What is the 50 State Challenge? Want to join the Challenge? Email me here.

Sunday, July 1, 2018

Back to the Martial Arts Road Trip: Arkansas

I've been posting rants, training articles, and general weirdness for so long, I figure some (most?) of you forgot that this is actually a martial arts travel blog.

To recap, I had this idea for a martial arts travel project, and Iain Abernethy was kind enough to help me get it started.  I visited Sensei Kris Wilder in Seattle, Washington.  Then after visiting only one state, the project had to be put on hold while I visited my ailing instructor in Korea and opened my school.  Being busy with owning a school and starting a podcast, the 50 States Challenge fell on the back burner.

What's the 50 States Challenge?  Since most people probably forgot...

The 50 States Challenge boils down to three main pieces.
1.  I travel to all 50 states and find a martial arts school in each state to host me.
2.  At each host school, I teach something and I learn something to pass on to the next school.
3.  We support a charity chosen by the host school.

And then I blog about the experience here, illustrating how much the different styles and philosophies of martial arts have to learn from each other.

So after a long hiatus, I'm traveling again.  This time I went to Arkansas because one of my students was competing at NASTA Nationals there.  Not wanting to waste the opportunity, I also visited River Valley Martial Arts, supporting St. Jude's Children's Research Hospital.

If you've been reading my blog for more than a few seconds, you will not be surprised that it was not all seriousness.  I wanted to get the full Arkansas experience.

Yelling at Yellville!

Rocking a little at Little Rock!

Wait, what?

This little resident of Toad Suck was still learning how to fly.  He (she?) let me get pretty close before squawking a protest and hopping away.

It's okay, little guy.  I can't fly either, and I've been training FOREVER in bird years.

One of my first stops was Beaverfork Lake, where I snapped this picture of an old bridge.  It was built almost 150 years ago to cross Cadron Creek, where it stood until only a few years ago when it was restored and brought to this park.

<insert tortured analogy about building bridges to the past and future here>

That park was one of many picturesque places where I could have stopped.  Arkansas has a lot to offer if you're into the outdoors.  In June, it helps if you are not a wimp about the sun trying to kill you.  I'm pretty sure at one point I was more sunscreen than person.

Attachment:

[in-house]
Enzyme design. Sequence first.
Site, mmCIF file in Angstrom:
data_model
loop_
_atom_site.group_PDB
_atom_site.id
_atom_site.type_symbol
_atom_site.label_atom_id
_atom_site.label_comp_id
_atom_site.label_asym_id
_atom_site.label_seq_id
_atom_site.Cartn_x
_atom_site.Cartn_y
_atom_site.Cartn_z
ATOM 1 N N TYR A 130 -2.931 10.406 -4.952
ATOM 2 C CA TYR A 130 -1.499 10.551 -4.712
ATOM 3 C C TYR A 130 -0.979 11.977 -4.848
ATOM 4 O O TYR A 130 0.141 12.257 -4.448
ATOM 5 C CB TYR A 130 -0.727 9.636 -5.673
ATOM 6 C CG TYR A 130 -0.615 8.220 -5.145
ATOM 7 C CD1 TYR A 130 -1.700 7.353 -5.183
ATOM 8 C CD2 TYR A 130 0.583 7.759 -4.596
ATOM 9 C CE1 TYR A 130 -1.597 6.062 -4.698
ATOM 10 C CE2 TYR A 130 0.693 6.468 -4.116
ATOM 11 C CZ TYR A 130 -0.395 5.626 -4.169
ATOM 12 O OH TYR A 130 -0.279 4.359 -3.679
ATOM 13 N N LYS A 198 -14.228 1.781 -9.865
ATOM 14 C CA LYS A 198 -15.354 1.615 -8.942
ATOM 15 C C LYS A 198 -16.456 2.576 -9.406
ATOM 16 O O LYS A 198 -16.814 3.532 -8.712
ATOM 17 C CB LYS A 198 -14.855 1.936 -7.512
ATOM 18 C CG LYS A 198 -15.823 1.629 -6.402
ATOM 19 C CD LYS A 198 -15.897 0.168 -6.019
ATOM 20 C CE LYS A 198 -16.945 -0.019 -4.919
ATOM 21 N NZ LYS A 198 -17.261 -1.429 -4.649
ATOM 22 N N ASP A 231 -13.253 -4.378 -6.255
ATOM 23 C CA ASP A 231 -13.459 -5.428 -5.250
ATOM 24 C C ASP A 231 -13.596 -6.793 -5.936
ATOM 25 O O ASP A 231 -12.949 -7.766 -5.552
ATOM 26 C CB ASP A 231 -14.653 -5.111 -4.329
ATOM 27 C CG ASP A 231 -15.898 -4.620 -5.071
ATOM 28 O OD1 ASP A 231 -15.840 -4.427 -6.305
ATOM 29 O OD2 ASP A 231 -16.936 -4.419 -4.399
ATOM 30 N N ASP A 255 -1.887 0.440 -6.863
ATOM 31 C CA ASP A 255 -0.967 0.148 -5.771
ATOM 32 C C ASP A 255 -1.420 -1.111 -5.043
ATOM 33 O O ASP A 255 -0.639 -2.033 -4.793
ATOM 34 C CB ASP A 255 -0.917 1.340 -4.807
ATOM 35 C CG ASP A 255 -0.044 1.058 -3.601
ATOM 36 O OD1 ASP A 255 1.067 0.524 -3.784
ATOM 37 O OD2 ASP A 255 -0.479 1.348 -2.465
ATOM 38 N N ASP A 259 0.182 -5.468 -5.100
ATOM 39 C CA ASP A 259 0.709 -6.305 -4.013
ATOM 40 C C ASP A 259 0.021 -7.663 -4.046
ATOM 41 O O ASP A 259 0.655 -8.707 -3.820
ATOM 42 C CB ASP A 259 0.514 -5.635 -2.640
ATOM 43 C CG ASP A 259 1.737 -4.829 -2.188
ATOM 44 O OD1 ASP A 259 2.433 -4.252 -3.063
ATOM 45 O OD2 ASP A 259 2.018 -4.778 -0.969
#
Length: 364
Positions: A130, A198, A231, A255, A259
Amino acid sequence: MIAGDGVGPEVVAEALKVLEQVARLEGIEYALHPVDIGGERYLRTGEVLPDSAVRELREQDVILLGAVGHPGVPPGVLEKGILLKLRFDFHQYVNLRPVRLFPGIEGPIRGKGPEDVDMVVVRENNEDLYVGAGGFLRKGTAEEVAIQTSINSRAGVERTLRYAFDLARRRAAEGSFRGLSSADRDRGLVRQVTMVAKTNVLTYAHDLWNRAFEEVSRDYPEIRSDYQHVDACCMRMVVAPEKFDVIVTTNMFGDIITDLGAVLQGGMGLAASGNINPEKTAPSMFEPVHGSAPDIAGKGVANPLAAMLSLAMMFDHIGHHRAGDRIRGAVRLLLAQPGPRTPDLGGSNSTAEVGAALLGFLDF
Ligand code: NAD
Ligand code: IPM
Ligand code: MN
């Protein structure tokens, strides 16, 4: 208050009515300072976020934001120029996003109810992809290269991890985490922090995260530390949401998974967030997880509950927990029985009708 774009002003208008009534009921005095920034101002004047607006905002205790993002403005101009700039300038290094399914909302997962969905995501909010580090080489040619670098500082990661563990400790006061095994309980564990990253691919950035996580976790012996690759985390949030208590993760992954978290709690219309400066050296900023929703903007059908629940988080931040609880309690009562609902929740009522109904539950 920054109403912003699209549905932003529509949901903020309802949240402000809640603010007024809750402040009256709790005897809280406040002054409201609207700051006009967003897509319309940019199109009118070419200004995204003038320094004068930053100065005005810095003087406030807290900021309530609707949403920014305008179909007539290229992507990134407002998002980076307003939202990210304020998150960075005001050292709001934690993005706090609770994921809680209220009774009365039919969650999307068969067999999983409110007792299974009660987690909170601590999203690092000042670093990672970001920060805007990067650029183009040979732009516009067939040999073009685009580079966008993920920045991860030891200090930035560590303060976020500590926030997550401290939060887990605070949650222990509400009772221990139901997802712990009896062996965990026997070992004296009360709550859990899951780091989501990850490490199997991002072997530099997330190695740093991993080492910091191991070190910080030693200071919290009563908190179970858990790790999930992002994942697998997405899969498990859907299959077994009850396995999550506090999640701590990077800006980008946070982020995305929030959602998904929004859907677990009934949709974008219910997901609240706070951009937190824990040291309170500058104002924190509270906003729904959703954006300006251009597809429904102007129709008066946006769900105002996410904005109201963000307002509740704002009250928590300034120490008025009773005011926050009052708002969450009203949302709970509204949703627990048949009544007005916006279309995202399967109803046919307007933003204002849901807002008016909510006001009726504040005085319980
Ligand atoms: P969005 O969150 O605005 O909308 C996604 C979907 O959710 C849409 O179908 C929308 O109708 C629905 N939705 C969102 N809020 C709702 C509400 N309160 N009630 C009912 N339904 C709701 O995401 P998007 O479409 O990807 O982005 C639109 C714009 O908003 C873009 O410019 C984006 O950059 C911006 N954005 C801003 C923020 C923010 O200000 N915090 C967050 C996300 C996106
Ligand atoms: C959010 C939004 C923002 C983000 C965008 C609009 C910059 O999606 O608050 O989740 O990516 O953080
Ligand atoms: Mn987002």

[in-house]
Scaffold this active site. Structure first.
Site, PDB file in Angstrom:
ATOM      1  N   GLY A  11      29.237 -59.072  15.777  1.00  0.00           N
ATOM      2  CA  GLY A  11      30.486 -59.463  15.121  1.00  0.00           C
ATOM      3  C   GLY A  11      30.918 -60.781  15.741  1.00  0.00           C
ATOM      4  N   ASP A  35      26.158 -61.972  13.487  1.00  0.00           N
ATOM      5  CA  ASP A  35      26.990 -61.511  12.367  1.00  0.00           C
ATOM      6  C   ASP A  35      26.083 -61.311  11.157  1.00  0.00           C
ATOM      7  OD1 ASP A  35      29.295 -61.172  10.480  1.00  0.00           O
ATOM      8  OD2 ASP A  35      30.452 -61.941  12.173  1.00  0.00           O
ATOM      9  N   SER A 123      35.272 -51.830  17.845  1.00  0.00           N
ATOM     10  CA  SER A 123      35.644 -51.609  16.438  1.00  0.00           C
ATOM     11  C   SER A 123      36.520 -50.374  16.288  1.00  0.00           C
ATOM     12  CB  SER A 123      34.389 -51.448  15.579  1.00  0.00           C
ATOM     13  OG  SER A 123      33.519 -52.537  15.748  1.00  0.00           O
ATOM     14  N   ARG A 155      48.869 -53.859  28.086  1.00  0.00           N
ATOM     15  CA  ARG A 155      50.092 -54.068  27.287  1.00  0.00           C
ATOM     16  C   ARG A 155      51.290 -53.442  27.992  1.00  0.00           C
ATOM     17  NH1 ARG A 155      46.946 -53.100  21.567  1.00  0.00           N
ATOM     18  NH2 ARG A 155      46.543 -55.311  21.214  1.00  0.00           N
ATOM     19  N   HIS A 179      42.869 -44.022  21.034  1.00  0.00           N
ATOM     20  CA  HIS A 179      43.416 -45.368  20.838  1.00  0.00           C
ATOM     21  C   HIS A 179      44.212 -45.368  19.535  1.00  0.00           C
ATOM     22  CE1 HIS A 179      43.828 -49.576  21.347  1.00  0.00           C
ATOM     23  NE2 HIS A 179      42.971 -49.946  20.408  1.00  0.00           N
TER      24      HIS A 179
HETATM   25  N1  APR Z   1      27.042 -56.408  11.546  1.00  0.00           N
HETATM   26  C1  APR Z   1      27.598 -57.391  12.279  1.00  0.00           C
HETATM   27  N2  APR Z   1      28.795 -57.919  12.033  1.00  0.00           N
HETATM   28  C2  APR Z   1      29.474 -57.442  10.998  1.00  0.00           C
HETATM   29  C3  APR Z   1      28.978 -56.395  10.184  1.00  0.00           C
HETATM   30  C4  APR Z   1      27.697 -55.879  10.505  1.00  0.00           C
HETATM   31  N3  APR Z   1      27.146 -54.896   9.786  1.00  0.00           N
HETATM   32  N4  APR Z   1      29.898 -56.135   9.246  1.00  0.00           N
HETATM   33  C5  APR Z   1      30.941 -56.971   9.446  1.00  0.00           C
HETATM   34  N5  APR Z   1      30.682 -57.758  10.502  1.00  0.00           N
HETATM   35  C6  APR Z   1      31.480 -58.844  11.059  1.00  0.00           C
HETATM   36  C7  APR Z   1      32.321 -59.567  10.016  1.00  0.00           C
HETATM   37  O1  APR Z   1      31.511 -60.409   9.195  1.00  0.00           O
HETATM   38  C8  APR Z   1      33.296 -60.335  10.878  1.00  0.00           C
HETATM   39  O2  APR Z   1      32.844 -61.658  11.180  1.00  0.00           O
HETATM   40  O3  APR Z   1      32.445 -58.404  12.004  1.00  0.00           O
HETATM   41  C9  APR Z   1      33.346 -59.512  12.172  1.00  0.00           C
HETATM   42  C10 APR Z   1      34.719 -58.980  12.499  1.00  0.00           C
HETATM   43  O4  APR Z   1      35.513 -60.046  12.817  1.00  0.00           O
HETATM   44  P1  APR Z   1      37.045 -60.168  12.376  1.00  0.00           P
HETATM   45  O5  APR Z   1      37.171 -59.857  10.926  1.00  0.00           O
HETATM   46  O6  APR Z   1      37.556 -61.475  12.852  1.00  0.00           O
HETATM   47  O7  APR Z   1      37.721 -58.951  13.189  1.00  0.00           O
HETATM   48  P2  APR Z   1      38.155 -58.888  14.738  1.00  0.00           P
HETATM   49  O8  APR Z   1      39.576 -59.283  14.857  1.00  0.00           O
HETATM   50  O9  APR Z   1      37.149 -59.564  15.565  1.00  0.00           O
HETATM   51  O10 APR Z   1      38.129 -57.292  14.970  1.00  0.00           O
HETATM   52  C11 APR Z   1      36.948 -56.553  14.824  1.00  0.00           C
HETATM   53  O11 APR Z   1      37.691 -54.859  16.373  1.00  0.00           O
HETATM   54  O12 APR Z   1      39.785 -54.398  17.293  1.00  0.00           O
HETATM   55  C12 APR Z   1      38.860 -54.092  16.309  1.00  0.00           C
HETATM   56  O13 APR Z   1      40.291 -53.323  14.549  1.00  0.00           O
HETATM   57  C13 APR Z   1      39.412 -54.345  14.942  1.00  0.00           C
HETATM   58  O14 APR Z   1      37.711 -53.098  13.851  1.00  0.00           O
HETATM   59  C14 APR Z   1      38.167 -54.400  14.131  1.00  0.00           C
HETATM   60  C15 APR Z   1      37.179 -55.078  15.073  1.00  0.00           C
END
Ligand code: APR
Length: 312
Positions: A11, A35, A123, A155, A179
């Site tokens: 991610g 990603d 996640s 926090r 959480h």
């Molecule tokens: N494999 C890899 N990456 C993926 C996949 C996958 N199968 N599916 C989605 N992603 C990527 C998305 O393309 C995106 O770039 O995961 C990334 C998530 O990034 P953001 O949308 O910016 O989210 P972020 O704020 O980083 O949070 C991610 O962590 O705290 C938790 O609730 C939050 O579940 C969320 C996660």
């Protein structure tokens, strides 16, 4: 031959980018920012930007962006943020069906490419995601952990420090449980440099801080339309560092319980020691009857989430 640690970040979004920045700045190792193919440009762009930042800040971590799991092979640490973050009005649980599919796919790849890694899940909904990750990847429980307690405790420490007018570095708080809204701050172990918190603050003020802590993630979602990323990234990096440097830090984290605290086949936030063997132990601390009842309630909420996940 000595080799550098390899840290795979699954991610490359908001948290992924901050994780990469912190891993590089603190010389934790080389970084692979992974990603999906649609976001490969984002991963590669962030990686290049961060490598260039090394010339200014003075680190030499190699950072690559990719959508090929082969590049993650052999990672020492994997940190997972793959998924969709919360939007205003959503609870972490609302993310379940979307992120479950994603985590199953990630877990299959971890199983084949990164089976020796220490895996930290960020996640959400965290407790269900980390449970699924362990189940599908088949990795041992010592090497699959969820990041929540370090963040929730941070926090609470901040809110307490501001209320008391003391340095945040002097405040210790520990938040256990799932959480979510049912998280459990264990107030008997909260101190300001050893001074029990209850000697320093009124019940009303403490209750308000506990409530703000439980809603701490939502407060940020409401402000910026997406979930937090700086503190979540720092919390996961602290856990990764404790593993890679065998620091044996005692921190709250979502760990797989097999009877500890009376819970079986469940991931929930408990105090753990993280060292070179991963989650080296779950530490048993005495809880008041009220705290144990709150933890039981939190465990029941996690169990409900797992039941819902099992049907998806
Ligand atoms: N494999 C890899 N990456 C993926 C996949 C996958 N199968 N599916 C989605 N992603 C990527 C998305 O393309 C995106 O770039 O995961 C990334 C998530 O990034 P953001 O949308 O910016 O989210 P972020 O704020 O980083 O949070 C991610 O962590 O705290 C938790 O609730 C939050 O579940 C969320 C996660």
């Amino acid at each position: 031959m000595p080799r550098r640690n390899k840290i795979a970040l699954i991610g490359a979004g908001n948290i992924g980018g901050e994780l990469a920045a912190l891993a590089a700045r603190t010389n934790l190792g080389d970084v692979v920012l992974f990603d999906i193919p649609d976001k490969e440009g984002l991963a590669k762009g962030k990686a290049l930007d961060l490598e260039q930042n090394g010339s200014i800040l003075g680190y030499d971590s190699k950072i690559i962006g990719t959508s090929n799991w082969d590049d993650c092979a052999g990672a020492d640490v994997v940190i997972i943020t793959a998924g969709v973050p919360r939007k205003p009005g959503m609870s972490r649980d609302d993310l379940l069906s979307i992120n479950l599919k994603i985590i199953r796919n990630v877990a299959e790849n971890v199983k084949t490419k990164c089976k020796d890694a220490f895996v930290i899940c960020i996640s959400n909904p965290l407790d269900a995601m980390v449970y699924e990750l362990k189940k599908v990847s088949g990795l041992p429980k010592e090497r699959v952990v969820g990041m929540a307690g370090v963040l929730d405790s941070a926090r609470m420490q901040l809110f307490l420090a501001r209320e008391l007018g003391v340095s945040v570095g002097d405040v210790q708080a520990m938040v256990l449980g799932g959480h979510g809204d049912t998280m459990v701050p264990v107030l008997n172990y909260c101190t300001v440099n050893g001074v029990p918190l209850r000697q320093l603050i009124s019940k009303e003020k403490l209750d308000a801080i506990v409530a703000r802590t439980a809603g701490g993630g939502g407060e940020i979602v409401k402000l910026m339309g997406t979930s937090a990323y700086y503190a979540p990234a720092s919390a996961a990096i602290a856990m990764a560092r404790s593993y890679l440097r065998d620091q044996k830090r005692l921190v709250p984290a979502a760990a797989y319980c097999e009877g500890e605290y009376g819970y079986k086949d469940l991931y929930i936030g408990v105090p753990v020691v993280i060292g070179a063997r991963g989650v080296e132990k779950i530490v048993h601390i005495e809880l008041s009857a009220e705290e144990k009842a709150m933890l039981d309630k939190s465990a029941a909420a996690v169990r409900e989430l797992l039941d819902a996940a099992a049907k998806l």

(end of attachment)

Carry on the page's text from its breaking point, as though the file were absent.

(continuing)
It looks like Buffalo River, but it's actually a pool of my sweat after training in the heat.

Buffalo River National Park is especially interesting in that within its boundaries is the Rush ghost town.  It was once a thriving city because of its zinc mines, but as the value of zinc waned, so did Rush.  There are still some buildings standing, though.  Unlike most ghost towns, these buildings are protected by the National Park Service, so they are preserved better than most.

The houses were fenced off with signs everywhere forbidding entry.  I'm sure it wouldn't be safe, and certainly the buildings couldn't withstand much foot traffic, but that didn't stop me from wanting to explore.  I would really have liked to peek inside.

Then there's Pivot Rock.  If you brave enough hairpin turns, you can walk a wooded trail to see these weird rock formations that have been a roadside attraction for over a hundred years.

One of the upside down pyramid formations at Pivot Rock.

In North Little Rock, there is a place called The Old Mill, which is neither old nor a mill.  It's a replica built in the 1930's in the style of mills of the 1830's.  It has a little fame by being featured in the opening credits of Gone With The Wind.

It might not be real, but it's pretty!

The park around it was picturesque as well, not to mention teeming with wildlife.  There were ducks, geese, turtles, birds and fish everywhere.

Also not real:  all the wood in this picture.  They're sculptures.

Next up in my whirlwind tour of Arkansas parks was the one I was most looking forward to--America's only Taekwondo park.